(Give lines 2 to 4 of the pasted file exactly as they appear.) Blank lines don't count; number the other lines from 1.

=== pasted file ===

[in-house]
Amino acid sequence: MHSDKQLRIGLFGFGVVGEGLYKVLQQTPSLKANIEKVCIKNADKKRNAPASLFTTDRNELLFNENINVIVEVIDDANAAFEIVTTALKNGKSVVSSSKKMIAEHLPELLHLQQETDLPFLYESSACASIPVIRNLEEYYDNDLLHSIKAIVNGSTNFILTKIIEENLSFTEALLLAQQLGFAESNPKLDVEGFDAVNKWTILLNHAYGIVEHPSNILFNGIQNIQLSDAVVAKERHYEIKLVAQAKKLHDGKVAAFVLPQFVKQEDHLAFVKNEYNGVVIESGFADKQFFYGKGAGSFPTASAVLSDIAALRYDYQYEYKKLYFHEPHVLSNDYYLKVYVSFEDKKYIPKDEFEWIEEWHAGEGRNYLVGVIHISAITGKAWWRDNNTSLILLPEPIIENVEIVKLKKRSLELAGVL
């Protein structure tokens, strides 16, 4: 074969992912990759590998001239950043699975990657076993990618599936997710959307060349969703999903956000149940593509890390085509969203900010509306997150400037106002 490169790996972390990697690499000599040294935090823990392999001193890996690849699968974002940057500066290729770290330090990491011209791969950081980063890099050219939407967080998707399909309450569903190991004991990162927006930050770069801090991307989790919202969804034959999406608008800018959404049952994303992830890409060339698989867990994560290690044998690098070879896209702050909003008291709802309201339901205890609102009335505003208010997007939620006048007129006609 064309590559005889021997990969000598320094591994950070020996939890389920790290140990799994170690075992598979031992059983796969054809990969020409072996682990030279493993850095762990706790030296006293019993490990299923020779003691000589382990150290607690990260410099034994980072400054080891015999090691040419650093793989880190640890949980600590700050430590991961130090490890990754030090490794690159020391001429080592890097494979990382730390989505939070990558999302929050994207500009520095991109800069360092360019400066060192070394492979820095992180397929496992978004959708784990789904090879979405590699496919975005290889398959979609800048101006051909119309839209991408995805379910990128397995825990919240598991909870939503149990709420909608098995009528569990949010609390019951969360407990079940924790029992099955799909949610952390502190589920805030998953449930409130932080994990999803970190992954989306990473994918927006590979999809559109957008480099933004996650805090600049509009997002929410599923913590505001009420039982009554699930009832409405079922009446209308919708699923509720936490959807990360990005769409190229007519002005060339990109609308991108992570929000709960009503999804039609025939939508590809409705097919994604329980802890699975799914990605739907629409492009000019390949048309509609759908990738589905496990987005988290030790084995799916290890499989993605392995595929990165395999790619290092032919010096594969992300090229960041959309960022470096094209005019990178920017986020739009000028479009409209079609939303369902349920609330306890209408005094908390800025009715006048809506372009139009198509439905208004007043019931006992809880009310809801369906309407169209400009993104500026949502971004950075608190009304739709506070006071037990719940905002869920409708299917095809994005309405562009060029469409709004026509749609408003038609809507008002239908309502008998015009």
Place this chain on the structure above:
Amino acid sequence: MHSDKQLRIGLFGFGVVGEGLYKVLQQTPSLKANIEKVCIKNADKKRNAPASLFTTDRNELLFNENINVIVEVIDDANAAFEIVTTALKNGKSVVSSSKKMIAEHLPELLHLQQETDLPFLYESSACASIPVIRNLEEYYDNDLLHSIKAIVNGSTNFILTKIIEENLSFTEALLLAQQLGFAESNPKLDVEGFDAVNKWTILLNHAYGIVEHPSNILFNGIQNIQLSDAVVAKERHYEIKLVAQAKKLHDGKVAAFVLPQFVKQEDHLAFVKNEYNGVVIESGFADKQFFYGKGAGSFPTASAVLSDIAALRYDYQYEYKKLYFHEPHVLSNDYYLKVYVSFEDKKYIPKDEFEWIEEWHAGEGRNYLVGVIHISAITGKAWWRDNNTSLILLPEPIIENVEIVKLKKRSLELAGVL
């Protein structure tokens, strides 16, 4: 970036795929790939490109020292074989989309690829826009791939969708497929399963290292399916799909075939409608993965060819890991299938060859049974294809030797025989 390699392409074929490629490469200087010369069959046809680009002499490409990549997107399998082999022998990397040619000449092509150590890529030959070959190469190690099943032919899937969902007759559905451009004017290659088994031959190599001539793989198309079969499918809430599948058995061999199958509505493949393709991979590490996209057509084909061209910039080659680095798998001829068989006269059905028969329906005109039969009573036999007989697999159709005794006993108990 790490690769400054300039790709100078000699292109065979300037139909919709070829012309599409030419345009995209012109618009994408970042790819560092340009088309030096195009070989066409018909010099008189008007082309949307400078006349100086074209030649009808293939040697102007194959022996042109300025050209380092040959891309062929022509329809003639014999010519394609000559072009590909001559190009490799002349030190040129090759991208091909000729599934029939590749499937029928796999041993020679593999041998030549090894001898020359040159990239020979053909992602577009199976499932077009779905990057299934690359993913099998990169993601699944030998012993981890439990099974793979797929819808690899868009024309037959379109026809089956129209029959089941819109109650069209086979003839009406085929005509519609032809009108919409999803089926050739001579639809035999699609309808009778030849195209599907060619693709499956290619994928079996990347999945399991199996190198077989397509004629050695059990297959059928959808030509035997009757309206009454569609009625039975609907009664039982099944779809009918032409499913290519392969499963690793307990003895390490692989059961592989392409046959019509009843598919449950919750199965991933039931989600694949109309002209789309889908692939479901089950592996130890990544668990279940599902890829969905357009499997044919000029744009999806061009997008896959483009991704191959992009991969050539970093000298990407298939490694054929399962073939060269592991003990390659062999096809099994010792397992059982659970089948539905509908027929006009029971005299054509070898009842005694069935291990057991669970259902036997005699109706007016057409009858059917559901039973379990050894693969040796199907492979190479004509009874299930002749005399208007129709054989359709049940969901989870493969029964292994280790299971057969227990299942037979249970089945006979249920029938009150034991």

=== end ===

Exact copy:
Amino acid sequence: MHSDKQLRIGLFGFGVVGEGLYKVLQQTPSLKANIEKVCIKNADKKRNAPASLFTTDRNELLFNENINVIVEVIDDANAAFEIVTTALKNGKSVVSSSKKMIAEHLPELLHLQQETDLPFLYESSACASIPVIRNLEEYYDNDLLHSIKAIVNGSTNFILTKIIEENLSFTEALLLAQQLGFAESNPKLDVEGFDAVNKWTILLNHAYGIVEHPSNILFNGIQNIQLSDAVVAKERHYEIKLVAQAKKLHDGKVAAFVLPQFVKQEDHLAFVKNEYNGVVIESGFADKQFFYGKGAGSFPTASAVLSDIAALRYDYQYEYKKLYFHEPHVLSNDYYLKVYVSFEDKKYIPKDEFEWIEEWHAGEGRNYLVGVIHISAITGKAWWRDNNTSLILLPEPIIENVEIVKLKKRSLELAGVL
């Protein structure tokens, strides 16, 4: 074969992912990759590998001239950043699975990657076993990618599936997710959307060349969703999903956000149940593509890390085509969203900010509306997150400037106002 490169790996972390990697690499000599040294935090823990392999001193890996690849699968974002940057500066290729770290330090990491011209791969950081980063890099050219939407967080998707399909309450569903190991004991990162927006930050770069801090991307989790919202969804034959999406608008800018959404049952994303992830890409060339698989867990994560290690044998690098070879896209702050909003008291709802309201339901205890609102009335505003208010997007939620006048007129006609 064309590559005889021997990969000598320094591994950070020996939890389920790290140990799994170690075992598979031992059983796969054809990969020409072996682990030279493993850095762990706790030296006293019993490990299923020779003691000589382990150290607690990260410099034994980072400054080891015999090691040419650093793989880190640890949980600590700050430590991961130090490890990754030090490794690159020391001429080592890097494979990382730390989505939070990558999302929050994207500009520095991109800069360092360019400066060192070394492979820095992180397929496992978004959708784990789904090879979405590699496919975005290889398959979609800048101006051909119309839209991408995805379910990128397995825990919240598991909870939503149990709420909608098995009528569990949010609390019951969360407990079940924790029992099955799909949610952390502190589920805030998953449930409130932080994990999803970190992954989306990473994918927006590979999809559109957008480099933004996650805090600049509009997002929410599923913590505001009420039982009554699930009832409405079922009446209308919708699923509720936490959807990360990005769409190229007519002005060339990109609308991108992570929000709960009503999804039609025939939508590809409705097919994604329980802890699975799914990605739907629409492009000019390949048309509609759908990738589905496990987005988290030790084995799916290890499989993605392995595929990165395999790619290092032919010096594969992300090229960041959309960022470096094209005019990178920017986020739009000028479009409209079609939303369902349920609330306890209408005094908390800025009715006048809506372009139009198509439905208004007043019931006992809880009310809801369906309407169209400009993104500026949502971004950075608190009304739709506070006071037990719940905002869920409708299917095809994005309405562009060029469409709004026509749609408003038609809507008002239908309502008998015009």
Place this chain on the structure above: